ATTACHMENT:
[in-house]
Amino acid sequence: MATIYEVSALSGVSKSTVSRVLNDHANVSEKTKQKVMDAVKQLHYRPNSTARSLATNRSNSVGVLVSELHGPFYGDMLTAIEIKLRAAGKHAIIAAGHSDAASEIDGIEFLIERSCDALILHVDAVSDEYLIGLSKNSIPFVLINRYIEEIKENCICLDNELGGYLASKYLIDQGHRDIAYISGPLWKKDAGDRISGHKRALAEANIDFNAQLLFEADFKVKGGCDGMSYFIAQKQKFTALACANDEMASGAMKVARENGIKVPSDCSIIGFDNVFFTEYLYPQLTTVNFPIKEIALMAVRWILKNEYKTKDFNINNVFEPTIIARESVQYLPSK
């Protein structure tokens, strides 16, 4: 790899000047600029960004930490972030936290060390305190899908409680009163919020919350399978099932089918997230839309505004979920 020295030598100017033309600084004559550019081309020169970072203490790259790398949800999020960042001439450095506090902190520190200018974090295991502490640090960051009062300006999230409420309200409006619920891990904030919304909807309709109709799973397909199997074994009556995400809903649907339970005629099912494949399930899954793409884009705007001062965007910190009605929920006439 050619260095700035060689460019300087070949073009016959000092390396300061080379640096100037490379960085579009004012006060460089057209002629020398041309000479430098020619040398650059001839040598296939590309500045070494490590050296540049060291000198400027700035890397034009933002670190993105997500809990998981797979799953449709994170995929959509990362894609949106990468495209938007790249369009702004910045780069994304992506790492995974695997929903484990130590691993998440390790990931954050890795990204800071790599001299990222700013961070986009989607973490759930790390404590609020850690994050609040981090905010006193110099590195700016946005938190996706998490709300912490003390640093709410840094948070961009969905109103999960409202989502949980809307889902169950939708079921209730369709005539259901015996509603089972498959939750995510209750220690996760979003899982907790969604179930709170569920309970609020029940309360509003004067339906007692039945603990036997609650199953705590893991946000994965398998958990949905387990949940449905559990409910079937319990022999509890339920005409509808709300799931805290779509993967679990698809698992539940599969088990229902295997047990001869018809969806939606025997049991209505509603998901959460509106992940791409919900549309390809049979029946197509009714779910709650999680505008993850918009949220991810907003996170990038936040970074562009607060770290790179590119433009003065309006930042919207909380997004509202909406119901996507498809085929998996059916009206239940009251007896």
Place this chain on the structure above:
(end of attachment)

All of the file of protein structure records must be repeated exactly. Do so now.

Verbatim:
[in-house]
Amino acid sequence: MATIYEVSALSGVSKSTVSRVLNDHANVSEKTKQKVMDAVKQLHYRPNSTARSLATNRSNSVGVLVSELHGPFYGDMLTAIEIKLRAAGKHAIIAAGHSDAASEIDGIEFLIERSCDALILHVDAVSDEYLIGLSKNSIPFVLINRYIEEIKENCICLDNELGGYLASKYLIDQGHRDIAYISGPLWKKDAGDRISGHKRALAEANIDFNAQLLFEADFKVKGGCDGMSYFIAQKQKFTALACANDEMASGAMKVARENGIKVPSDCSIIGFDNVFFTEYLYPQLTTVNFPIKEIALMAVRWILKNEYKTKDFNINNVFEPTIIARESVQYLPSK
């Protein structure tokens, strides 16, 4: 790899000047600029960004930490972030936290060390305190899908409680009163919020919350399978099932089918997230839309505004979920 020295030598100017033309600084004559550019081309020169970072203490790259790398949800999020960042001439450095506090902190520190200018974090295991502490640090960051009062300006999230409420309200409006619920891990904030919304909807309709109709799973397909199997074994009556995400809903649907339970005629099912494949399930899954793409884009705007001062965007910190009605929920006439 050619260095700035060689460019300087070949073009016959000092390396300061080379640096100037490379960085579009004012006060460089057209002629020398041309000479430098020619040398650059001839040598296939590309500045070494490590050296540049060291000198400027700035890397034009933002670190993105997500809990998981797979799953449709994170995929959509990362894609949106990468495209938007790249369009702004910045780069994304992506790492995974695997929903484990130590691993998440390790990931954050890795990204800071790599001299990222700013961070986009989607973490759930790390404590609020850690994050609040981090905010006193110099590195700016946005938190996706998490709300912490003390640093709410840094948070961009969905109103999960409202989502949980809307889902169950939708079921209730369709005539259901015996509603089972498959939750995510209750220690996760979003899982907790969604179930709170569920309970609020029940309360509003004067339906007692039945603990036997609650199953705590893991946000994965398998958990949905387990949940449905559990409910079937319990022999509890339920005409509808709300799931805290779509993967679990698809698992539940599969088990229902295997047990001869018809969806939606025997049991209505509603998901959460509106992940791409919900549309390809049979029946197509009714779910709650999680505008993850918009949220991810907003996170990038936040970074562009607060770290790179590119433009003065309006930042919207909380997004509202909406119901996507498809085929998996059916009206239940009251007896």
Place this chain on the structure above: